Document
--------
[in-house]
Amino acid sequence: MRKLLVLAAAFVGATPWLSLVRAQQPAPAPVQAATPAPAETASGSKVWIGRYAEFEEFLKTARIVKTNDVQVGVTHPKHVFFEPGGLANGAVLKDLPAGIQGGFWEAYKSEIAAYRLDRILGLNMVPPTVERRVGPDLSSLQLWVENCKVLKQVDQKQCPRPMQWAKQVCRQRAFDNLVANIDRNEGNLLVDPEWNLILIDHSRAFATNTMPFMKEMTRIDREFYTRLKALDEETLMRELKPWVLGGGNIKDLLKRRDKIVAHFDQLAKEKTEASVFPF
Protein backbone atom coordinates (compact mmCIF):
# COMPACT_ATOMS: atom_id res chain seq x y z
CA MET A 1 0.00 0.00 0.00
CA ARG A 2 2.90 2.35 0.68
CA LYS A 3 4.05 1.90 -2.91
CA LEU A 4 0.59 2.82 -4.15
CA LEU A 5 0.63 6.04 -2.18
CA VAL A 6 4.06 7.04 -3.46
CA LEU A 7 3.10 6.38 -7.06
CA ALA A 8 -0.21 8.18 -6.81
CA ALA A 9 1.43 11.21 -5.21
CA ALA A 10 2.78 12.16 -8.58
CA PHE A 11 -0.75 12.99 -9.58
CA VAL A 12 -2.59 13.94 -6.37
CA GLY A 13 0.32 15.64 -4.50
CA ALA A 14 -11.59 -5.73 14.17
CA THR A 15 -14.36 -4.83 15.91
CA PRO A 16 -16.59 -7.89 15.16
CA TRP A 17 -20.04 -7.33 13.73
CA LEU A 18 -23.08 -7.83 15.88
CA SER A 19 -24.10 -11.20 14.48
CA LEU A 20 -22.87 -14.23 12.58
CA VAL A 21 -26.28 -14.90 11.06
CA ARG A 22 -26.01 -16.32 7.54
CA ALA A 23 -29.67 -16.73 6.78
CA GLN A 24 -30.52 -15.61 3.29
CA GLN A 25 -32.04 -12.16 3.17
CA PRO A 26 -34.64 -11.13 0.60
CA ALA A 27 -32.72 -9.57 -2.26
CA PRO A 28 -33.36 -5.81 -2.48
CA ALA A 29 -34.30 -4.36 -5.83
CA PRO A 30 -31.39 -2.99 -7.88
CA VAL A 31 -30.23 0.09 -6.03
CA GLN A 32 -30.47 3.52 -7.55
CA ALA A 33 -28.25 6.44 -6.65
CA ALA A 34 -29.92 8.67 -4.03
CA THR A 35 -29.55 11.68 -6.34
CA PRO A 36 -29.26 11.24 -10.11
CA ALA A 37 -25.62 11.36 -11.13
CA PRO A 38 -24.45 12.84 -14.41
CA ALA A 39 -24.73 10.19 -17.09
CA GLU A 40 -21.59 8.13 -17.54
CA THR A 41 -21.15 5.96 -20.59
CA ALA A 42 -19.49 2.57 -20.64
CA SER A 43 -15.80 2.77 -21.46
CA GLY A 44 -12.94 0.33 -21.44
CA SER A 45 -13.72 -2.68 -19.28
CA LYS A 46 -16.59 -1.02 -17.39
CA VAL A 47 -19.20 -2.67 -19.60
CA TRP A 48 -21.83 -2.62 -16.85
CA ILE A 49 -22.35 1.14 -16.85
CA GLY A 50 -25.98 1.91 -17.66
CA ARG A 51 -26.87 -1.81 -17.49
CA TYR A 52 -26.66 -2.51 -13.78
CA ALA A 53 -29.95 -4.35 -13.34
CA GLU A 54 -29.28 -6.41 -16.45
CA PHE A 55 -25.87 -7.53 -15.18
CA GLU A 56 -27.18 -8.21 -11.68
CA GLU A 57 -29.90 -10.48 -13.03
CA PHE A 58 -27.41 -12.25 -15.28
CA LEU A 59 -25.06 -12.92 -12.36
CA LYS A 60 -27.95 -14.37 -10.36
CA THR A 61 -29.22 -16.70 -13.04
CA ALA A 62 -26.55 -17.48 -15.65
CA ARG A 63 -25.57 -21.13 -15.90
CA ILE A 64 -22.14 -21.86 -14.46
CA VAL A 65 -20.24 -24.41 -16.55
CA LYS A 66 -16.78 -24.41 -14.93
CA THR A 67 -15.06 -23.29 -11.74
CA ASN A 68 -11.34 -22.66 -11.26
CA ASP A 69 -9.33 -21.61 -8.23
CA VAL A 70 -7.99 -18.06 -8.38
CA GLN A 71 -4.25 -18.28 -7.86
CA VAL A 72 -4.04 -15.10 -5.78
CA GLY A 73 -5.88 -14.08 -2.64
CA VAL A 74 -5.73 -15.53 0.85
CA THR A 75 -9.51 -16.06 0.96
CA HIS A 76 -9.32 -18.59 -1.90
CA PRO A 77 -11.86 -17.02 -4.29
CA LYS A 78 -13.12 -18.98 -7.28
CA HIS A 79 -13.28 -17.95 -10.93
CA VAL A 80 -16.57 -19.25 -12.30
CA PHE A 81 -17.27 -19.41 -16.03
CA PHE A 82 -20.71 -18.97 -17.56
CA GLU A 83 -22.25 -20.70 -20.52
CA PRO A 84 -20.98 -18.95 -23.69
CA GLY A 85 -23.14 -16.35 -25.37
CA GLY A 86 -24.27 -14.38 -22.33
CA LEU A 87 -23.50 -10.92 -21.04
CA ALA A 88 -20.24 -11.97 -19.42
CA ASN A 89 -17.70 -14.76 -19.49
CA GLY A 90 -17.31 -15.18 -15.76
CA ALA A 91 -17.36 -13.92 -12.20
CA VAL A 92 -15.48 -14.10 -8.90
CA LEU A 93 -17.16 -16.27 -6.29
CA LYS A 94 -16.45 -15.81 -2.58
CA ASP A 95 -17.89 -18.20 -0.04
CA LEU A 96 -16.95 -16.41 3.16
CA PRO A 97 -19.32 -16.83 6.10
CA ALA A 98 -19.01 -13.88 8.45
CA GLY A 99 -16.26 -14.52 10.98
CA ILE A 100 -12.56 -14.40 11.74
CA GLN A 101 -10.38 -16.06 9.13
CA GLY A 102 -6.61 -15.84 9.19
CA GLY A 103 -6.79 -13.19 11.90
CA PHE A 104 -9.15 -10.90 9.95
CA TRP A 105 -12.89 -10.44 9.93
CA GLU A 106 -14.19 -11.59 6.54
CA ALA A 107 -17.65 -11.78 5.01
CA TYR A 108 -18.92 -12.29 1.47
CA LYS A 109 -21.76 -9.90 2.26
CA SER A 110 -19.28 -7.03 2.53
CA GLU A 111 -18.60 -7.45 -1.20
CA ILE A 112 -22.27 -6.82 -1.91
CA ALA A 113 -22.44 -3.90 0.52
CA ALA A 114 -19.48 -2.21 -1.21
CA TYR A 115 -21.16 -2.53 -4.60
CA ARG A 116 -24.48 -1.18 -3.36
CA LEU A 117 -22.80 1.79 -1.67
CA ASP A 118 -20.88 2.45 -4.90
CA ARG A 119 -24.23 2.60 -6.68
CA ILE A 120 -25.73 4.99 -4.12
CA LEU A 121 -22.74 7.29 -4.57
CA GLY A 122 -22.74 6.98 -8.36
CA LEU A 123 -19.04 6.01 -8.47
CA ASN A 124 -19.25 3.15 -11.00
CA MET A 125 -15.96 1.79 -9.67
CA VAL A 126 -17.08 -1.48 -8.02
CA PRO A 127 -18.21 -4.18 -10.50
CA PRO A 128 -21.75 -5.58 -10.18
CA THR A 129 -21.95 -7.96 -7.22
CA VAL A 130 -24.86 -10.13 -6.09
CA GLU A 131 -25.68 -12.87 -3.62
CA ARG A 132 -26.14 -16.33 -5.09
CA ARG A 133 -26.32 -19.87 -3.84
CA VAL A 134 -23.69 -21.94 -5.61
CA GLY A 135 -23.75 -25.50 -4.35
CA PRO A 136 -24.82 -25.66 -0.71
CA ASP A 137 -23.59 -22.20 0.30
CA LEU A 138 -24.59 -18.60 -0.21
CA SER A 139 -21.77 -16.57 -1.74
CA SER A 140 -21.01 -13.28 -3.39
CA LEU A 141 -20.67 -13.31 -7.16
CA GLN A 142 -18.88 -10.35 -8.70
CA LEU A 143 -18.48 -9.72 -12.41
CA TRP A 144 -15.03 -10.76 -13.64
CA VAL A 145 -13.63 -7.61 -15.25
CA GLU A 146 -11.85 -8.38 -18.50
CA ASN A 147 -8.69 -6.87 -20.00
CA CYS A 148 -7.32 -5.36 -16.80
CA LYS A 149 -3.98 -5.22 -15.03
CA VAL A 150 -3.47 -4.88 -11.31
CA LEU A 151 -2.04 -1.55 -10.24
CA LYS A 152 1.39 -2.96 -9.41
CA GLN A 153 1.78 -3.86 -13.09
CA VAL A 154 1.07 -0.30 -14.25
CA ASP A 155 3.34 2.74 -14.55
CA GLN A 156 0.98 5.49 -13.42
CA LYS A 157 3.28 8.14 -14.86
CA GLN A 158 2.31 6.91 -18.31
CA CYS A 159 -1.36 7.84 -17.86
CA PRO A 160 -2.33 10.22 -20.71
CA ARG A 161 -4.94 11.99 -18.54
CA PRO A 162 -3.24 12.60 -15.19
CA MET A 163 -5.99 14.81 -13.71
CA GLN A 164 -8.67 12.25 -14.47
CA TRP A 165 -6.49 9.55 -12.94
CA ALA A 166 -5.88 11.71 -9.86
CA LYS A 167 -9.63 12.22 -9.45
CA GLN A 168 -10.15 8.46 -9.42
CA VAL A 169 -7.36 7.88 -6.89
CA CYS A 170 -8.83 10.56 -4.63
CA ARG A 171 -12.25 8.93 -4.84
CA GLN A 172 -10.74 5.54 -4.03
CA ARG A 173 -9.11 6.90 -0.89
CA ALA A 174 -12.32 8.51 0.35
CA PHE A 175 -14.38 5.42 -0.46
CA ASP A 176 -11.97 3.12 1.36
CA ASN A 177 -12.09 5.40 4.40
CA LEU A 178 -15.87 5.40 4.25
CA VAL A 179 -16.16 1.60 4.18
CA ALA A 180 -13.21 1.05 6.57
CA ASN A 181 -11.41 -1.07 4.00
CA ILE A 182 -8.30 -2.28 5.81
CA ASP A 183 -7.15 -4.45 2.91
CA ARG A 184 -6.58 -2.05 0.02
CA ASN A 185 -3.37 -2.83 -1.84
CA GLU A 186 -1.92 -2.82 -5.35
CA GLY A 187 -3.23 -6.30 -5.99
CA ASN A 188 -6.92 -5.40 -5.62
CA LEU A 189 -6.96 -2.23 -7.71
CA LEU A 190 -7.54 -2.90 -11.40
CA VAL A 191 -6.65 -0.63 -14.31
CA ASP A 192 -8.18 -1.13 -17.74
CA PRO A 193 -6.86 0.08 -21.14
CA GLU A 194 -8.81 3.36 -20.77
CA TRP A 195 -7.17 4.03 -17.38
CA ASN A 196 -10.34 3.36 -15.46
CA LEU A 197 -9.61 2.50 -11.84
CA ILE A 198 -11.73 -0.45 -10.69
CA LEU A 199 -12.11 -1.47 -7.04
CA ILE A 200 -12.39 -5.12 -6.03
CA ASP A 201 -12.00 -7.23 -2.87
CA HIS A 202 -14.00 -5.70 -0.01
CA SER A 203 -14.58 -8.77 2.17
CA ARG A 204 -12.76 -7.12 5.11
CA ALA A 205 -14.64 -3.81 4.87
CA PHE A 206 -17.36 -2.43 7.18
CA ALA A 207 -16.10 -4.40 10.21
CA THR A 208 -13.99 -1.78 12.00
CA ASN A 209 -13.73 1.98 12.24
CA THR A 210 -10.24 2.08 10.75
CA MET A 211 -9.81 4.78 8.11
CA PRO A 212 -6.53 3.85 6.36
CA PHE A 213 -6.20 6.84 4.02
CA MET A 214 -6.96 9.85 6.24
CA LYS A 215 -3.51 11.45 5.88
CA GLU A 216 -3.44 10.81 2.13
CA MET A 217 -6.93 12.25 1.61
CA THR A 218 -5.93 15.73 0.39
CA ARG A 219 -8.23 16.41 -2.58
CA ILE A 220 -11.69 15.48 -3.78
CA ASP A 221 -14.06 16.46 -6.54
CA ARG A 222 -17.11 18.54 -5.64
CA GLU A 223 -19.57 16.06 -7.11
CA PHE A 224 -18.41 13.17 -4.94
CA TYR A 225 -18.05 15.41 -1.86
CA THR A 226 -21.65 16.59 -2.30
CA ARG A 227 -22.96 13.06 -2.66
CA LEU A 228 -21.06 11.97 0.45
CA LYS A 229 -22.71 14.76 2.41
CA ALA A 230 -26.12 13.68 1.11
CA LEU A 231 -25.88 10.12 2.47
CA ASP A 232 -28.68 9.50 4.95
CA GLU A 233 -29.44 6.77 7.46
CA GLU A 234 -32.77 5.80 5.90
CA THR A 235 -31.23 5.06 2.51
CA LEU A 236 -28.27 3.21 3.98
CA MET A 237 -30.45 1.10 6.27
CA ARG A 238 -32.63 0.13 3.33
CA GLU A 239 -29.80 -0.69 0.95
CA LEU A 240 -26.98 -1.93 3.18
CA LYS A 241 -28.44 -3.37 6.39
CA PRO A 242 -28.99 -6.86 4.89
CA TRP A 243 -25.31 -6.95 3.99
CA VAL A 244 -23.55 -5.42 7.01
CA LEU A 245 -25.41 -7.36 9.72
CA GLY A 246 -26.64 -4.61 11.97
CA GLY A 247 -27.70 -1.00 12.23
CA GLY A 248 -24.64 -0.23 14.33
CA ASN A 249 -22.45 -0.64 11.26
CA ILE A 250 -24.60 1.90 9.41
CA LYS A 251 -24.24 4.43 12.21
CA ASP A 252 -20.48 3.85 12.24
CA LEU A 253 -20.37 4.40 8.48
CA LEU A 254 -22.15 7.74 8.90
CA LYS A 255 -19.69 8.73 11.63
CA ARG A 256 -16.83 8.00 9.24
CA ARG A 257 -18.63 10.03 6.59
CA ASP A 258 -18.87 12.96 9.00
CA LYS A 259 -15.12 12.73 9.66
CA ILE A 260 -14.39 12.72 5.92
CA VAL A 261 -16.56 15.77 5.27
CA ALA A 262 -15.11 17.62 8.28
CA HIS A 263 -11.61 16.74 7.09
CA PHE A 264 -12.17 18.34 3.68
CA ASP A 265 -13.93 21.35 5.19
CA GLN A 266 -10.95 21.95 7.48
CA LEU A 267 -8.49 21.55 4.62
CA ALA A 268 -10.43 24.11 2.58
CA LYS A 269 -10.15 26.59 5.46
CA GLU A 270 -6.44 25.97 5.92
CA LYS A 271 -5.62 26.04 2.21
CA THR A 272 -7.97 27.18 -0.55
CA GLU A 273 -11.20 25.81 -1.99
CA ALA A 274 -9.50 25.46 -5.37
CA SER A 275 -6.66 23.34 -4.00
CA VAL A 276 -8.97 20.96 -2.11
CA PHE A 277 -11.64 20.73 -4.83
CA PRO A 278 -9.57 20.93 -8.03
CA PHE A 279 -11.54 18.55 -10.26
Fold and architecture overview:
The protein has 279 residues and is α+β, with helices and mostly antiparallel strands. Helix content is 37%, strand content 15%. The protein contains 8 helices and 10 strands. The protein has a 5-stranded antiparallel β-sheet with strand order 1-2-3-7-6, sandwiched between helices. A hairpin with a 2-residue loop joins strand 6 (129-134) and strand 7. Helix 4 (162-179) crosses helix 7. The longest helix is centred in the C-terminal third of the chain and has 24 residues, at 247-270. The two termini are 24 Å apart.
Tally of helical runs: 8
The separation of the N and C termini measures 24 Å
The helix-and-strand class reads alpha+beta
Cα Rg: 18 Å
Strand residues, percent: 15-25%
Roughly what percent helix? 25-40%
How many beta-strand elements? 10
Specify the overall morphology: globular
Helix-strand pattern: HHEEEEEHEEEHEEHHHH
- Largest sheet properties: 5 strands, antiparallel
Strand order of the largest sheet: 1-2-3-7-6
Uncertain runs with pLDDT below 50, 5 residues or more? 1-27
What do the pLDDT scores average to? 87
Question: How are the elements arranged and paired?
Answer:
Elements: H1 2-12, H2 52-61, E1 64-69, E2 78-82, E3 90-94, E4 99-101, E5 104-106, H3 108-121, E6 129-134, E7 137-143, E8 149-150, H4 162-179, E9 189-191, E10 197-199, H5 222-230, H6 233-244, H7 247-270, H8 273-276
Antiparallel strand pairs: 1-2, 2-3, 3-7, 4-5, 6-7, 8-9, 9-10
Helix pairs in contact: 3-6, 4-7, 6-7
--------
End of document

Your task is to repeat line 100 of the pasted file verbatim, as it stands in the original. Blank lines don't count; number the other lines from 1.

CA LEU A 96 -16.95 -16.41 3.16